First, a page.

Developing a well-rounded character takes time and purpose. I tend to be a panster (a writer who writes by the seat of their pants), but I have learned to develop my characters thoroughly before beginning to write.
Many authors do a character interview to help get to know their characters. I am slowly learning to do that using Susan May Warren’s SEQ technique (check out her book about it here), but I have also added my own twist to discovering the inner workings of my characters.
So what are those key components to take into consideration when developing a character?
In addition to SEQ, I like to explore my characters archetypes, positive personality traits, negative personality traits, and character backstory. Today I just want to focus on archetypes.
What are Archetypes?
Archetypes are just universal patterns of behavior that have positive and negative aspects.
Caroline Myss, “a pioneer in the field of energy medicine and consciousness”, suggests each person has a combination of about 12 archetypes that make up their psyche, each having varying degrees of presence in your life depending on your situation. I don’t get into all that “new age” feel stuff, but her collection of 72 Archetypes Cards are very useful in developing fictional characters.
Some examples of her archetypes are:
- Child – Orphan
- Child – Wounded
Developing Character Archetypes
For my characters, I choose between four and six archetypes that define who they are during my story. In fact, the list above is the archetypes I chose for my hero and heroine in my WIP.
Each archetype has positive and negative traits. Because the prostitute archetype might be a little concerning to you, I will share that one as my example.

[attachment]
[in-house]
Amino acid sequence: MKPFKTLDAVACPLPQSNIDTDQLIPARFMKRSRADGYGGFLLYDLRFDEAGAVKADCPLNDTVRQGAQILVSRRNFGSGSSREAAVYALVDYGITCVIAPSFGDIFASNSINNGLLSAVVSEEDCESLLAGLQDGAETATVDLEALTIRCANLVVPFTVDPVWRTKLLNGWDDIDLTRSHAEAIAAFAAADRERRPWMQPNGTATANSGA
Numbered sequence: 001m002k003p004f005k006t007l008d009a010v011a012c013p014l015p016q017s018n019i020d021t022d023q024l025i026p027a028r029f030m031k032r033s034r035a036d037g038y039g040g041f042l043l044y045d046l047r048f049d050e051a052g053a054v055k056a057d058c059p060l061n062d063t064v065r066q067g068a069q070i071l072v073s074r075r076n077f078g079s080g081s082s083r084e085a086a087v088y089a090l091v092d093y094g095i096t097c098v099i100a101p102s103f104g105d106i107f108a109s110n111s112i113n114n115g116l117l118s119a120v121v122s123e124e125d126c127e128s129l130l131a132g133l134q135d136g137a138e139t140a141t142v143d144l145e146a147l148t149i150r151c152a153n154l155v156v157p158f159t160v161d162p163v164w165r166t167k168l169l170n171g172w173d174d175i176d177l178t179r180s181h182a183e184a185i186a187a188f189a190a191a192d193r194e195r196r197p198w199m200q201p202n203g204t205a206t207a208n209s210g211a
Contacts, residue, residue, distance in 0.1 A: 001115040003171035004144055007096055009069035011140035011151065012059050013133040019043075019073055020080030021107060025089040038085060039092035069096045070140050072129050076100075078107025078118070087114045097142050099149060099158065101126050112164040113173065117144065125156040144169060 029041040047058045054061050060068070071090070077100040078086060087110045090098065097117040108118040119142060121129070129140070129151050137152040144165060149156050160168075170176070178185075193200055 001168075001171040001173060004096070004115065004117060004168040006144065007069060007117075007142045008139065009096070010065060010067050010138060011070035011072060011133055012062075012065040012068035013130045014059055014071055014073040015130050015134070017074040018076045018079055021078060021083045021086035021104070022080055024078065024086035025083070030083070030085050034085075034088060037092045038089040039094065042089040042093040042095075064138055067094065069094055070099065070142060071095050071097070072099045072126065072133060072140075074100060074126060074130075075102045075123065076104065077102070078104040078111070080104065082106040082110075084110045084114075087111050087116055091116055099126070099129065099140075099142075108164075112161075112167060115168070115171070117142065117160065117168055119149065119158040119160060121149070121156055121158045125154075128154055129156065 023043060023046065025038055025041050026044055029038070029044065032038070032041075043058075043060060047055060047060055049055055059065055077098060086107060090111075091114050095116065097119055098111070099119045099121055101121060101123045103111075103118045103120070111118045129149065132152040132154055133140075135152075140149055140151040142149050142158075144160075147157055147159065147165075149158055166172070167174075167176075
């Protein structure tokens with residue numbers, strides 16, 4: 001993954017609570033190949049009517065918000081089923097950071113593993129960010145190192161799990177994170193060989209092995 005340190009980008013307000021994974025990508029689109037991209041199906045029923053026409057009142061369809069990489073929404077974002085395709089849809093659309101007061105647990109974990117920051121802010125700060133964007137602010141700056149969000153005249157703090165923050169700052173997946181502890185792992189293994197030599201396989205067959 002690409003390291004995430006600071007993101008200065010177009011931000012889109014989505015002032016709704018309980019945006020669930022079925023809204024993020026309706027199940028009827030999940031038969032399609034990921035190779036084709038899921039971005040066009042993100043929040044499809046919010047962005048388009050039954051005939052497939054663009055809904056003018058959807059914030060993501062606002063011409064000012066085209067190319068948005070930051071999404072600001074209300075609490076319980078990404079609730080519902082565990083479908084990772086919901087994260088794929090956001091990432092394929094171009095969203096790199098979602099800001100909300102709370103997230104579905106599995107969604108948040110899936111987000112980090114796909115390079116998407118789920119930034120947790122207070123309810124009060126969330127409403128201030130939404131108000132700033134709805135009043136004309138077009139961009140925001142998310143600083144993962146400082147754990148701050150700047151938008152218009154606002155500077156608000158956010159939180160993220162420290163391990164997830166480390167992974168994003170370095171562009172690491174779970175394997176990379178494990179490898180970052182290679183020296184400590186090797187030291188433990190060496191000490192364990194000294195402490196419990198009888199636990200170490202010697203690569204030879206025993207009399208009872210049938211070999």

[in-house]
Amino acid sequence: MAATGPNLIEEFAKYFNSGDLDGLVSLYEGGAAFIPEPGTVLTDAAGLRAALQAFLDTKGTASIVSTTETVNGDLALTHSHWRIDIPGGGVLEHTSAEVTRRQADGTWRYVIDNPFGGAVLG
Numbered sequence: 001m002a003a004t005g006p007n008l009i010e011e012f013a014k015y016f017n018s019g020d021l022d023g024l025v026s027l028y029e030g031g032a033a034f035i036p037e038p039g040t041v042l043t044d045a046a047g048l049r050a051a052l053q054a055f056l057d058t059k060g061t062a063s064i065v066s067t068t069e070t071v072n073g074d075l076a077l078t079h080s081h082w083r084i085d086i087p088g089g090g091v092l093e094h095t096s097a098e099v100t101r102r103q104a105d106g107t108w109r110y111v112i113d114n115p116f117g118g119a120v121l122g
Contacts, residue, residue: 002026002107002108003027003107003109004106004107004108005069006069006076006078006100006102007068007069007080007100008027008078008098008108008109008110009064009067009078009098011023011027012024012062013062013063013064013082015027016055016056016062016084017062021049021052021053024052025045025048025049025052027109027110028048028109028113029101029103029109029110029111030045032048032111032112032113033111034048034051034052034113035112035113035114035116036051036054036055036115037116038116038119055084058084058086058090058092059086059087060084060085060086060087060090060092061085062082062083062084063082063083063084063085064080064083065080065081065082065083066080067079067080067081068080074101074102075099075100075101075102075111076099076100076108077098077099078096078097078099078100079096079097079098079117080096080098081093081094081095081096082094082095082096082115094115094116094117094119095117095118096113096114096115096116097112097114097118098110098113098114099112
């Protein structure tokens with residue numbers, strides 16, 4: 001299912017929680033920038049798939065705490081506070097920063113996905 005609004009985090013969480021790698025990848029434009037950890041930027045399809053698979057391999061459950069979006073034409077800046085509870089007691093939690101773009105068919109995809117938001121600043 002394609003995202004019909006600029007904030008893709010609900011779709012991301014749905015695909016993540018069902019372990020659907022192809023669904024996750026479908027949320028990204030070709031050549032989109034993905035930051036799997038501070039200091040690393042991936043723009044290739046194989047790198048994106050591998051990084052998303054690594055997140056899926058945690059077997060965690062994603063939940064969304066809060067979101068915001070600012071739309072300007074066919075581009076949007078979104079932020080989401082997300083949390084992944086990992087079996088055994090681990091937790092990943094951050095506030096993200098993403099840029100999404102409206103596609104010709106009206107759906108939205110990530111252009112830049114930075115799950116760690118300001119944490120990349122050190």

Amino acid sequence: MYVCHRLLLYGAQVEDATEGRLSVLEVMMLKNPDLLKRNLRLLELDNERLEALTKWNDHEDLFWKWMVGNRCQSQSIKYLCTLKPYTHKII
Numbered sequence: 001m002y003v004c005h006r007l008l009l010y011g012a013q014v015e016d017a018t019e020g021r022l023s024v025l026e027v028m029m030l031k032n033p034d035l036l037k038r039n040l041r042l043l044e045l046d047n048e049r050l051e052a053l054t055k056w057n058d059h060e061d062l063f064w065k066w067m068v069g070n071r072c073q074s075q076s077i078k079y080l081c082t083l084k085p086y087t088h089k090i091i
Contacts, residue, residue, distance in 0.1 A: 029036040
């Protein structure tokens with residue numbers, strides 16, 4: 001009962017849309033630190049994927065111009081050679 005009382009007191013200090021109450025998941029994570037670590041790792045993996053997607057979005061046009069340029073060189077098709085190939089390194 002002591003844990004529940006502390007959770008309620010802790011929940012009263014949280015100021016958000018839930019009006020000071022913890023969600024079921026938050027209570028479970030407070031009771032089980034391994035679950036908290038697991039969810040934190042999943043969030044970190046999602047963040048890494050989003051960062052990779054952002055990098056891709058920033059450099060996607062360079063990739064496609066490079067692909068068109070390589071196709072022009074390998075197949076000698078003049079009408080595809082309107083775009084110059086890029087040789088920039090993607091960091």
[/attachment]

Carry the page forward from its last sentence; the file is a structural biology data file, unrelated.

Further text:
“The Prostitute archetype engages lessons in the sale or negotiation of one’s integrity or spirit due to fears of physical survival or for financial gain. We prostitute ourselves when we sell our bodies or minds for money, or when we compromise our morals and ethics for financial gain… The core learning of the Prostitute is that self-esteem and self-respect make you impervious to selling out.”
– “Prostitute”, Caroline Myss Archetype Cards Booklet
Caroline Myss adds more, but as you can see from this description that “Prostitute” is not exactly what you first think. No, my heroine is NOT sexually immoral or active. What she does do is compromise her morals due to her fears of physical survival.
Have you ever compromised your morals due to self-preservation? It doesn’t have to be big and earth-shaking. It could be the one time you blamed your toddler sibling for eating all the cookies before dinner, even though you believe lying is wrong. See how the archetype can be used for everyday situations?
Picking out four to six archetype cards really helps to round out your characters and make them multi-dimensional. The general strengths and weaknesses are outlined for you to expand upon and fine-tune for the uses of your own story. Characters can even have overlapping archetypes, yet be completely their own person, just like the human race in real life.
Because archetypes are universal in nature, readers will connect to your characters because they see aspects of themselves within the story.
When developing your own characters, I highly recommend taking into consideration their archetypes. If you struggle with archetypes, I suggest picking up Caroline Myss’ Archetype Cards.
What other archetypes are you familiar with? Still confused? Leave a question below. I promise to get back to it as soon as I can.
Do you have any resources you use to help develop your own characters?